The worldwide use of nuclear energy will continue to grow despite the Fukushima Daiichi accident, the director general of the International Atomic Energy Agency (IAEA), Yukiya Amano, told a meeting of its Board of Governors. Non-proliferation concerns remain in some countries, he noted.
|Amano addresses the IAEA board (Image: IAEA)
"We now expect the number of operating nuclear reactors in the world to increase by about 90 by 2030, in our low projection, or by around 350, in our high projection, compared to the current total of 432 reactors," Amano told the board. "This represents continuous and significant growth in the use of nuclear power, but at a slower growth rate than in our previous projections."
He noted that most of this growth will occur in countries already operating nuclear power plants, especially in Asia. "China and India will remain the main centres of expansion and their nuclear power capacities by 2030 are expected to be as projected before the accident, after a temporary period of slower growth," Amano said. "The projected slowdown in global growth reflects an accelerated phase-out of nuclear power in Germany, some immediate shutdowns and a government review of the planned expansion in Japan, and temporary delays in expansion in several other countries."
According to Amano, interest remains strong in countries considering introducing nuclear energy. He said that the factors that contributed to increasing interest in nuclear energy before the accident remain unchanged: "increasing global demand for energy, as well as concerns about climate change, dwindling reserves of oil and gas and uncertainty of supply of fossil fuels." However, he noted that "a few countries have cancelled or revised their plans, while others have taken a 'wait and see' approach."
Amano told the board that the situation at the Fukushima Daiichi site "remained very serious for many months," but the IAEA's assessment now is that the reactors are "essentially stable and the expectation is that the 'cold shutdown' of all the reactors will be achieved as planned."
Amano presented the IAEA board with a draft of a new Nuclear Safety Action Plan, the "result of an intensive process of consultations with member states." He told the meeting, "The draft Nuclear Safety Action Plan represents a significant step forward in strengthening nuclear safety. We must not lose our sense of urgency. I hope the draft action plan will be approved by the board and endorsed by the General Conference next week."
"In the aftermath of Fukushima Daiichi, the most important thing is to ensure transparency, build confidence, and meet the high expectations of the public. But it is actions, not words, that count. With this plan we will move from the planning phase to the implementation phase ... Further lessons will be learned and the plan will be updated accordingly."
"It will take rapid and visible improvements in nuclear safety - not just good intentions - to restore public confidence in nuclear power. The agency will play its central part with vigour."
Amano said that the IAEA has been continuing its work to set up a low-enriched uranium (LEU) bank and in May invited expressions of interest from member states willing to host such a bank. In July, Kazakhstan offered two sites for consideration, which an IAEA technical mission visited in August to review the offer. "We are discussing relevant technical matters with the government of Kazakhstan with a view to finalizing a decision on a site," he told the board.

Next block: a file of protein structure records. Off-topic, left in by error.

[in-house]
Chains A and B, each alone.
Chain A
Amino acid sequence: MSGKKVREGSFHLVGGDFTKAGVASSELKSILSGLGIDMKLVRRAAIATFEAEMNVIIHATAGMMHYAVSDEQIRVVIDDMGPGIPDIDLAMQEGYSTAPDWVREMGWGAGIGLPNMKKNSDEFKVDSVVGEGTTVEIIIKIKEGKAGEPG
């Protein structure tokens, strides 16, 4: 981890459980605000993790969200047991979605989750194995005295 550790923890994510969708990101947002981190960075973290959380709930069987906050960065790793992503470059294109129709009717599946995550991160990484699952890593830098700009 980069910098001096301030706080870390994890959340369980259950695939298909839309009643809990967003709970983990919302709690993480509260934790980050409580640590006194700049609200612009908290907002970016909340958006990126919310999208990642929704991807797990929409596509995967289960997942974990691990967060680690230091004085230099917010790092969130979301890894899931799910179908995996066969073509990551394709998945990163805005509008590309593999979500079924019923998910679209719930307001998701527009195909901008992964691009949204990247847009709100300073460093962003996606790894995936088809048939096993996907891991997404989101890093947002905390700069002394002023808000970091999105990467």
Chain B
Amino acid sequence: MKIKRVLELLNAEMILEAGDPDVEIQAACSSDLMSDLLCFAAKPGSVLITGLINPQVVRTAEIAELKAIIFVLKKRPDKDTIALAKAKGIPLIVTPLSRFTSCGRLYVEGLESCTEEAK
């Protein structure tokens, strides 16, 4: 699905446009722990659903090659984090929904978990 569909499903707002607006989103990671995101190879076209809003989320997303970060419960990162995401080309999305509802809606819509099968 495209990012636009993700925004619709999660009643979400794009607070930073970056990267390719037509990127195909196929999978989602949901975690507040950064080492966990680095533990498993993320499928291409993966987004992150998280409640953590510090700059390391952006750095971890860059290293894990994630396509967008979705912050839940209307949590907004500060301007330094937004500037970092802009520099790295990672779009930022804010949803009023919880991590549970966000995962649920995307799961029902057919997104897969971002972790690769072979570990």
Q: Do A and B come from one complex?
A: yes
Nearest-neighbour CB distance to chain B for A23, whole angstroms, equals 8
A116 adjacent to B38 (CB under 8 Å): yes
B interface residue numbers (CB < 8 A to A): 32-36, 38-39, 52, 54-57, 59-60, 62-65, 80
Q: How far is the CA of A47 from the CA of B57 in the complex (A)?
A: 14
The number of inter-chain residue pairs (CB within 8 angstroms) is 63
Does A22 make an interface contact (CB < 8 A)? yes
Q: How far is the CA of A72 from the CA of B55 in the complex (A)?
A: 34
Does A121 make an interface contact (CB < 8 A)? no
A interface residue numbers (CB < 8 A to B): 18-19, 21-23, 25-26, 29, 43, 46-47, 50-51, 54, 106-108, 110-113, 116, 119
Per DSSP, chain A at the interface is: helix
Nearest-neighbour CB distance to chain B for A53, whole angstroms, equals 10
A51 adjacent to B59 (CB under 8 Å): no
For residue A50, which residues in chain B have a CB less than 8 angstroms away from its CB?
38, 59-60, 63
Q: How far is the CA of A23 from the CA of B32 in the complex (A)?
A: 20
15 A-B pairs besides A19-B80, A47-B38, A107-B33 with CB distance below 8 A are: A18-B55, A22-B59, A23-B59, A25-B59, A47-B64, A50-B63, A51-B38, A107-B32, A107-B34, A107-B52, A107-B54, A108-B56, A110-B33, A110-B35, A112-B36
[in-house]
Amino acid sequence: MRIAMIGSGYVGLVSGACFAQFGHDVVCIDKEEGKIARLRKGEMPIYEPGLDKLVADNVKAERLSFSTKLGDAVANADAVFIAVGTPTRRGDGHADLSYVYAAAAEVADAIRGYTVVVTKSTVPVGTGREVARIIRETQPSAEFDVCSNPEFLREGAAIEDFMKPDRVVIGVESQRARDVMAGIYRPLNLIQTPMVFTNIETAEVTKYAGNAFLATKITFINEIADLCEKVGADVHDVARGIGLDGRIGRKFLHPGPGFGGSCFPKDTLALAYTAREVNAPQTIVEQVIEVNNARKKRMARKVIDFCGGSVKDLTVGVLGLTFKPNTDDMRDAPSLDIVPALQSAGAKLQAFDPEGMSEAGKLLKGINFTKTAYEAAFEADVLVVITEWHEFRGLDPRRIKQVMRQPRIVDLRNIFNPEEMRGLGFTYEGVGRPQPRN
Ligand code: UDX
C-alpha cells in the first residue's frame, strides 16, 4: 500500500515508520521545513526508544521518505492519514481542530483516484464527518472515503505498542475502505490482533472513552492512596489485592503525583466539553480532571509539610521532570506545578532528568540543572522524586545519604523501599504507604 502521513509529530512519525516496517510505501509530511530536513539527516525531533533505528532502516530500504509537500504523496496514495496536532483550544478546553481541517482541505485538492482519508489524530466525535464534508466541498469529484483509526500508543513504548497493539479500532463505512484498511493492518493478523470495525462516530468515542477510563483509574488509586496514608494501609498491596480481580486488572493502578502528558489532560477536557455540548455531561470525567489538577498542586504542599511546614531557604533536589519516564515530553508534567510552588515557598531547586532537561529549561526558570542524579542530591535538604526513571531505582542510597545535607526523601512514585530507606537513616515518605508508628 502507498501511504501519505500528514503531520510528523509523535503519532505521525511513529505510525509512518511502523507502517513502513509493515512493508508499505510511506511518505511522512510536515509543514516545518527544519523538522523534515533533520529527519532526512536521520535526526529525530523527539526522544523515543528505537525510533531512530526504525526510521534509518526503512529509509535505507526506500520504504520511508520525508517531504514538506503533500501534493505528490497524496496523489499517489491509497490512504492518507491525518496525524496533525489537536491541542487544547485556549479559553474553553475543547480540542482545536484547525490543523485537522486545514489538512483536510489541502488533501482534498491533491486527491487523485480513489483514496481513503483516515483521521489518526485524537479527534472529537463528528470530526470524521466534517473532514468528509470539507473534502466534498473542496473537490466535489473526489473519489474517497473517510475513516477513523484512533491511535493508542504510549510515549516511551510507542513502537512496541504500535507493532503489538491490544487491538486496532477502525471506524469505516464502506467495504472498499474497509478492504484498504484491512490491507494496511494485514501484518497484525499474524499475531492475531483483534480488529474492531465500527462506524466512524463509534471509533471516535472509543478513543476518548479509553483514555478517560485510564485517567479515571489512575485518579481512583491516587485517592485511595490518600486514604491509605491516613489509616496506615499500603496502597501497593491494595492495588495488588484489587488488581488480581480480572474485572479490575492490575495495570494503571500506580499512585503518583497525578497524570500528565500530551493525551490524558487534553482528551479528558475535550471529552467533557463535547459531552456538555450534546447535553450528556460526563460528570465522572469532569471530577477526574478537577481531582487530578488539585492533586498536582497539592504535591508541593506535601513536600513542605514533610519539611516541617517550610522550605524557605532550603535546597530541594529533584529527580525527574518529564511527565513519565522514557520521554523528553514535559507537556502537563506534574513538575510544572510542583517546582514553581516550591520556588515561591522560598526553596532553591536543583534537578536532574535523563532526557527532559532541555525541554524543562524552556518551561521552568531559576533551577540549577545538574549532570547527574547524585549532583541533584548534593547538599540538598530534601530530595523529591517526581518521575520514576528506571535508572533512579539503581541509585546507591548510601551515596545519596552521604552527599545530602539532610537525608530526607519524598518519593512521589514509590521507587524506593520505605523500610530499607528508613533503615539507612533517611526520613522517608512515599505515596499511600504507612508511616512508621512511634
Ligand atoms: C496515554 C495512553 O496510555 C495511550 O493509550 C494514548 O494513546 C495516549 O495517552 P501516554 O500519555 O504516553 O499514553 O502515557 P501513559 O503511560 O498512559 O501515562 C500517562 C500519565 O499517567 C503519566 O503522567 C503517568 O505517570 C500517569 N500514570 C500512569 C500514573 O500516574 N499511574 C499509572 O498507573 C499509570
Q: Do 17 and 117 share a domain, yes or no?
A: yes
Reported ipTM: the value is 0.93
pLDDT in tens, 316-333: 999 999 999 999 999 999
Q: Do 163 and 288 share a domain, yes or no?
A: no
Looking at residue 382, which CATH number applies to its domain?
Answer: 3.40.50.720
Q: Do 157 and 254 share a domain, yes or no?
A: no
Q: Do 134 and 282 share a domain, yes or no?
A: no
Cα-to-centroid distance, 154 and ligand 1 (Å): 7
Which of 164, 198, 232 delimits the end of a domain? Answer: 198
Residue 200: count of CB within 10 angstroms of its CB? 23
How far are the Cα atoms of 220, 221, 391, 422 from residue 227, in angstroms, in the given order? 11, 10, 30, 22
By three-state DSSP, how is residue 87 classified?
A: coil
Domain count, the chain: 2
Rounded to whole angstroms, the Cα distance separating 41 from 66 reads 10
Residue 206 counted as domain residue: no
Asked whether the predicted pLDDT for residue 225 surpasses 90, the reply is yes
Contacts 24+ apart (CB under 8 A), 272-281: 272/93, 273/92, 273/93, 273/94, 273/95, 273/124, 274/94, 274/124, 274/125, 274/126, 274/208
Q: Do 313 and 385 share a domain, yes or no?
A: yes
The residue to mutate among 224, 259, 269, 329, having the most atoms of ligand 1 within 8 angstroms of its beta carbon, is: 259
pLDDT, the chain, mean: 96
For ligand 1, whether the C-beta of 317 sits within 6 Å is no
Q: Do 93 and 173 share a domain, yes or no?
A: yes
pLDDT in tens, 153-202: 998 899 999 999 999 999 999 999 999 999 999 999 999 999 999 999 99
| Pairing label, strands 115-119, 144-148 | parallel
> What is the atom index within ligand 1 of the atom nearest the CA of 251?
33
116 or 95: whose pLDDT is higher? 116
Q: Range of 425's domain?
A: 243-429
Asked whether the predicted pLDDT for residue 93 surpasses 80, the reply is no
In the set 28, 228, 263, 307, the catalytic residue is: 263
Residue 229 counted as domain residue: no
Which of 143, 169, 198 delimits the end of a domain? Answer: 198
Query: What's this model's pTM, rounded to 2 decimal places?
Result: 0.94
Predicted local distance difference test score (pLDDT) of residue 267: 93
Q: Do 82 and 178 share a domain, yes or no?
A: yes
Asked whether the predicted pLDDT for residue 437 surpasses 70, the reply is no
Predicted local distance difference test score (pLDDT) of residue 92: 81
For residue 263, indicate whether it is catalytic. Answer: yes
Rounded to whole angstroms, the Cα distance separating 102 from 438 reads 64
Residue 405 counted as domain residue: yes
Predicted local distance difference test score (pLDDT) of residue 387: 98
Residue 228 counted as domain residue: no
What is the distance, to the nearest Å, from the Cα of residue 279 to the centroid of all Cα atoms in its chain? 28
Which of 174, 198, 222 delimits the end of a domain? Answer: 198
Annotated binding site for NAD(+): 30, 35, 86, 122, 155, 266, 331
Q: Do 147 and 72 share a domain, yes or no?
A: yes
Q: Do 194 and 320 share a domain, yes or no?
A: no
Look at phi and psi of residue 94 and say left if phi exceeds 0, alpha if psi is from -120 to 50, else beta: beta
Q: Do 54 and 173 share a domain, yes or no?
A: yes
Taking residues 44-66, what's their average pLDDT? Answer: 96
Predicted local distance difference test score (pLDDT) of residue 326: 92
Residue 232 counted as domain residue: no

The board was told that non-proliferation concerns still remained for North Korea, Iran and Syria.
The IAEA has not been able to implement any safeguards measures in North Korea since April 2009, "so our knowledge of the current status of the country's nuclear program is limited. That nuclear program is a matter of serious concern and reports about the construction of a new uranium enrichment facility and a light water reactor are deeply troubling."
Amano noted that during a visit by the deputy director general for safeguards to a number of Iran's facilities in August, "Iran demonstrated greater transparency than on previous occasions." However, he said that "greater transparency and Iran's full proactive engagement are also needed concerning its other nuclear activities."
The IAEA is "increasingly concerned about the possible existence in Iran of past and current undisclosed nuclear related activities involving military-related organizations, including activities related to the development of a nuclear payload for a missile, about which the agency continues to receive new information."
The IAEA continues to verify the non-diversion of nuclear material declared by Iran under its safeguards agreements, Amano said. However, "Iran is not providing the necessary cooperation to enable the agency to provide credible assurance about the absence of undeclared nuclear materials and activities in Iran, and therefore to conclude that all nuclear material in Iran is in peaceful activities." He called on Iran to "take steps towards full implementation of all relevant obligations in order to establish international confidence in the exclusively peaceful nature of its nuclear program."
The IAEA has previously concluded that "it is very likely" that the building destroyed at the Dair Alzour site in Syria was a nuclear reactor which should have been declared to the agency. In June, the IAEA board adopted a resolution finding Syria to be in non-compliance with its obligations under its safeguards agreement and reporting the matter to the UN Security Council. In a letter sent in August, Syria told the IAEA that it is ready to meet agency safeguards staff in October "to agree on an action plan to resolve the outstanding issues in regards to [the] Dair Alzour site."
Researched and written
by World Nuclear News